- Emily in Paris -The ‘Emily In Paris’ Costume Designer On Choosing (And Shopping For) All Of The Iconic Looks
There are a couple of things that jump out about Netflix’s Emily In Paris. There’s the love triangle, there’s French versus American work-life balance debate, there’s the luxury of it all, and of course, there’s the fashion. Emily Cooper, played by Lily Collins, is the show’s titular character and her wardrobe, which I think can only be described as aggressively optimistic, is just as much a personality on the show as the living and breathing cast.
And truly, what did you expect from a Darren Star and Patricia Field production? The producer/creator and consulting costume designer, respectively, brought us Carrie Bradshaw and all of her fashion moments in Sex and the City; Field also styled and was a consultant on The Devil Wears Prada and Ugly Betty — two pieces of pop culture history that are also known for their portrayal of New York City style (and for their dual purpose in both glamorizing and dismantling women’s media, but I digress).
But it’s not Emily In NYC, you know, which is why Field called in some help.“I love New York, I’m a New Yorker, born and bred,” Field said in a release. “But Paris is Paris.” And Paris needs Parisian styling and a Parisian aesthete. Enter: French costume designer Marylin Fitoussi.
Fitoussi, the styling mastermind behind the dystopian costumes in Colombiana, the 2014 release of Escobar: Paradise Lost, and the forthcoming French comedy-drama Kaamelott (talk about range), helped Field put the finishing touches on the looks while stationed in Paris, where the series was filmed.
She was the boots on the ground, so to speak — Field handled the fittings in New York and Fitoussi finished up with the cast in France — and was responsible for making sure Emily’s looks evolved from American in Paris to straight-up Parisian. And that involved a lot of strategic mood-boarding (Star was shown style moodboards for each character, Fitoussi tells me), planning, and shopping.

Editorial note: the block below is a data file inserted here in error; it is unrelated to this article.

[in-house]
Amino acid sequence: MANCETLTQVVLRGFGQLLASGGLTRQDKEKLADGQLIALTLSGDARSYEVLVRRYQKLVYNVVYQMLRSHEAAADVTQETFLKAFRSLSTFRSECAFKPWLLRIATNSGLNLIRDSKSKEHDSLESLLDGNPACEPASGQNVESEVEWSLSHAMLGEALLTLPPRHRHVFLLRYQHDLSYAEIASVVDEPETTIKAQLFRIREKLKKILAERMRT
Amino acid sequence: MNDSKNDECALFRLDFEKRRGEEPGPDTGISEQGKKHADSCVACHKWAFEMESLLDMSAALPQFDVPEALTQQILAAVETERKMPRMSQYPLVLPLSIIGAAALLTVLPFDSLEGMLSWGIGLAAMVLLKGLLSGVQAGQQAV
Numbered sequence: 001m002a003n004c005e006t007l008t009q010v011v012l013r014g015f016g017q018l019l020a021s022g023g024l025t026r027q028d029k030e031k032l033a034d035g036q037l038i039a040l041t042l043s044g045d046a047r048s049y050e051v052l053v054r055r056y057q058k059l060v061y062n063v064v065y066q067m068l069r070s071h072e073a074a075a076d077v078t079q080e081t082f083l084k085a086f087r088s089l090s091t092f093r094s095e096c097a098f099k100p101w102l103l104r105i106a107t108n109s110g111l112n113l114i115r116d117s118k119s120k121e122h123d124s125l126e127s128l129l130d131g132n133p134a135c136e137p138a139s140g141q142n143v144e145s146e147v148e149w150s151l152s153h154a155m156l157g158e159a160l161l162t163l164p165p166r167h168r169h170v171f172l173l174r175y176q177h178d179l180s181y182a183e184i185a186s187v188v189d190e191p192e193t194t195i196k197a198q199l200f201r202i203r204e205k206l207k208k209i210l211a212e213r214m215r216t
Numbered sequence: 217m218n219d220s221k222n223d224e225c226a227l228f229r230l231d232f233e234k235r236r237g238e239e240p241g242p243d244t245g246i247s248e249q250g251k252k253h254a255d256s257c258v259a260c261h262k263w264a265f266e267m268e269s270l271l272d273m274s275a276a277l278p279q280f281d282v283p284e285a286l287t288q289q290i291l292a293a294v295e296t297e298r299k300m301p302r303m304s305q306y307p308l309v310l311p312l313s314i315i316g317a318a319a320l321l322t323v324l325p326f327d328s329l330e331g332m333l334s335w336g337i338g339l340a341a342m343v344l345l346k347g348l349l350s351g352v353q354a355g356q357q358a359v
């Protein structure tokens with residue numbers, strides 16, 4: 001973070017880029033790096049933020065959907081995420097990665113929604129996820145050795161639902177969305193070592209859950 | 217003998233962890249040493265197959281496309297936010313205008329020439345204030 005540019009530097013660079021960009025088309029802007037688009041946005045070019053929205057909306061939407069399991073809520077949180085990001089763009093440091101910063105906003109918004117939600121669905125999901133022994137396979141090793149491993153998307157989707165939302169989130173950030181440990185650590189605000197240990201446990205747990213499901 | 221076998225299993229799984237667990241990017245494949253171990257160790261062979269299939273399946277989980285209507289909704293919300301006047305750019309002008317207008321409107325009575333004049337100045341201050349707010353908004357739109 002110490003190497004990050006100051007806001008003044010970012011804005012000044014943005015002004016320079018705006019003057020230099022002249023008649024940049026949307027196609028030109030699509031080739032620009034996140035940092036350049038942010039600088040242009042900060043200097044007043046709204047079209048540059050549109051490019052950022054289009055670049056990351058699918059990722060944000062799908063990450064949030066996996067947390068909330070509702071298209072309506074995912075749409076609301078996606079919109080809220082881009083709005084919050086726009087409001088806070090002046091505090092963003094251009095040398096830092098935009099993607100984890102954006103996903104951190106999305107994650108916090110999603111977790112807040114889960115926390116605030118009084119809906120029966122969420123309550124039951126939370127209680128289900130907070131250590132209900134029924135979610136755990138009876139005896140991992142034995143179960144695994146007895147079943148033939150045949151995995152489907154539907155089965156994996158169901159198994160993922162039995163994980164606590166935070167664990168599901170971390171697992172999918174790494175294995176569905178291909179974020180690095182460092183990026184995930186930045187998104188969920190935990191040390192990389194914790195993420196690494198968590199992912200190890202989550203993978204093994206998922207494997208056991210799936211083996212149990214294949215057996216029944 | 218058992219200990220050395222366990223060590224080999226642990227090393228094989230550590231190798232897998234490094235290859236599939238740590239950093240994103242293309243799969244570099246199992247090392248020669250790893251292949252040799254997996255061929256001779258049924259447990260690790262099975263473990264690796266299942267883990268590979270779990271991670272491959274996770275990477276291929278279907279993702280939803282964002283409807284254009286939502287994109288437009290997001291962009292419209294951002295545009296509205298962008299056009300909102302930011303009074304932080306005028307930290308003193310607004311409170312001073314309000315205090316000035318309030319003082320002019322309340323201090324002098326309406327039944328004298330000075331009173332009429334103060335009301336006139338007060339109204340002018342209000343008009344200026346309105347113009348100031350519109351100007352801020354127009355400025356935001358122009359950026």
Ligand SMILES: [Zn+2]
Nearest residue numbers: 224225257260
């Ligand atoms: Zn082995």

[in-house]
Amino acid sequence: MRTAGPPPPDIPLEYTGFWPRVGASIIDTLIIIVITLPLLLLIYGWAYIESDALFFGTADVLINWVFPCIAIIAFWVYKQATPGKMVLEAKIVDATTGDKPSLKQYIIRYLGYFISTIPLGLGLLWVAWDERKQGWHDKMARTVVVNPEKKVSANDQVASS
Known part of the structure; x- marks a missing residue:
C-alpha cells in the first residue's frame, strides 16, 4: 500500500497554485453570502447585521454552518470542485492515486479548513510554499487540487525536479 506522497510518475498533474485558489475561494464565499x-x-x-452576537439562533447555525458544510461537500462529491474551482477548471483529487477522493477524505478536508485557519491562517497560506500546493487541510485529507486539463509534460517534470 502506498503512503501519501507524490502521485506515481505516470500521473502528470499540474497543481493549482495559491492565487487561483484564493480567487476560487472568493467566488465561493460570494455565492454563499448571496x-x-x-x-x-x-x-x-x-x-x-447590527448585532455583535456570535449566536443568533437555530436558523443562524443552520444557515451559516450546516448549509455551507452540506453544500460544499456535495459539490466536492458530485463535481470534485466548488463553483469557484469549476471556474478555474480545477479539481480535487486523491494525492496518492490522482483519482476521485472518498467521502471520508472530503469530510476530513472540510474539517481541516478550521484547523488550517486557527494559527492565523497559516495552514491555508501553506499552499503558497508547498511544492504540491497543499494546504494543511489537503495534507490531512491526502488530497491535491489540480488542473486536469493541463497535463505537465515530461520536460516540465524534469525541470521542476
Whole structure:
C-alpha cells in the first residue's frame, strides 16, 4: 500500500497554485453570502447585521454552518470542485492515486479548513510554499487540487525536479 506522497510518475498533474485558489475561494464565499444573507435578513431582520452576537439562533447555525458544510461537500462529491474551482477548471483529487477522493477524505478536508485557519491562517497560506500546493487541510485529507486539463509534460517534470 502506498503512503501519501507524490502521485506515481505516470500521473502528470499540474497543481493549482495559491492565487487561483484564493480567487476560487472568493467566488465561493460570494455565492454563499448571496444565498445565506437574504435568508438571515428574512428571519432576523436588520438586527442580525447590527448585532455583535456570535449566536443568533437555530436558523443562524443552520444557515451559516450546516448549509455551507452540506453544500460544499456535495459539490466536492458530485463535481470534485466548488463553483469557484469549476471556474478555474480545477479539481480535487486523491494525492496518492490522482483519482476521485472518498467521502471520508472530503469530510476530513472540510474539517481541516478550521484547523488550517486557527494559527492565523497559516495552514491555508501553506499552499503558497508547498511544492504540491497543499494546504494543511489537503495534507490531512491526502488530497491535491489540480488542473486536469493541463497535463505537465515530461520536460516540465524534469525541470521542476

As Emily’s character developed, “her style became more and more refined, risky, and interesting,” Fitoussi says. But there was a calculated through-line. “We really wanted to keep her colorful silhouette [throughout] the season; it's her signature."
In fact, Emily’s style was purposefully “miles apart" from Camille's. Camille, Emily’s French counterpart and friend in the series who only wears navy, black, and white, embodies the typical, traditional, French style.
If Emily’s looks are a modern-day nod to Hepburn, Fitoussi says that Camille’s style is a tribute to quintessential Parisian model, Caroline de Maigret. To juxtapose the two worlds — to Field and Fitoussi’s credit — Emily isn’t afraid to be bold with her outfits.
She transitions from black tie (an off-the-shoulder Christian Siriano dress for the Opera — a tribute to Audrey Hepburn, Fitoussi says) to casual (a hot pink coat with trainers to buy flowers from a corner store) seamlessly.
Emily’s fellow ex-pat and friend Mindy Chen (played by Ashley Park), however, was a little more of a challenge for Field and Fitoussi.
“Until Pat [Field] and I could meet Ashley, we didn't have a very precise idea of her looks,” Fitoussi says. They originally thought Mindy’s wardrobe might be conservative, and then… they met Park. “She has the energy of 10 atomic bombs!” Fitoussi says, and just like her character, Park is “able to laugh, sing, dance, eat, answer her phone, try on a pair of shoes, tell a joke and book a restaurant at the same time.”
They decided Mindy’s style should be “versatile, exuberant, sexy” and maybe a little “too much” sometimes, Fitoussi explains. “[Park] was so funny and lively,” and she wanted Mindy’s style to match that. “In Paris, [Mindy] is no longer the daughter of the zipper king, she doesn't feel the weight of her conventional family. She feels free.”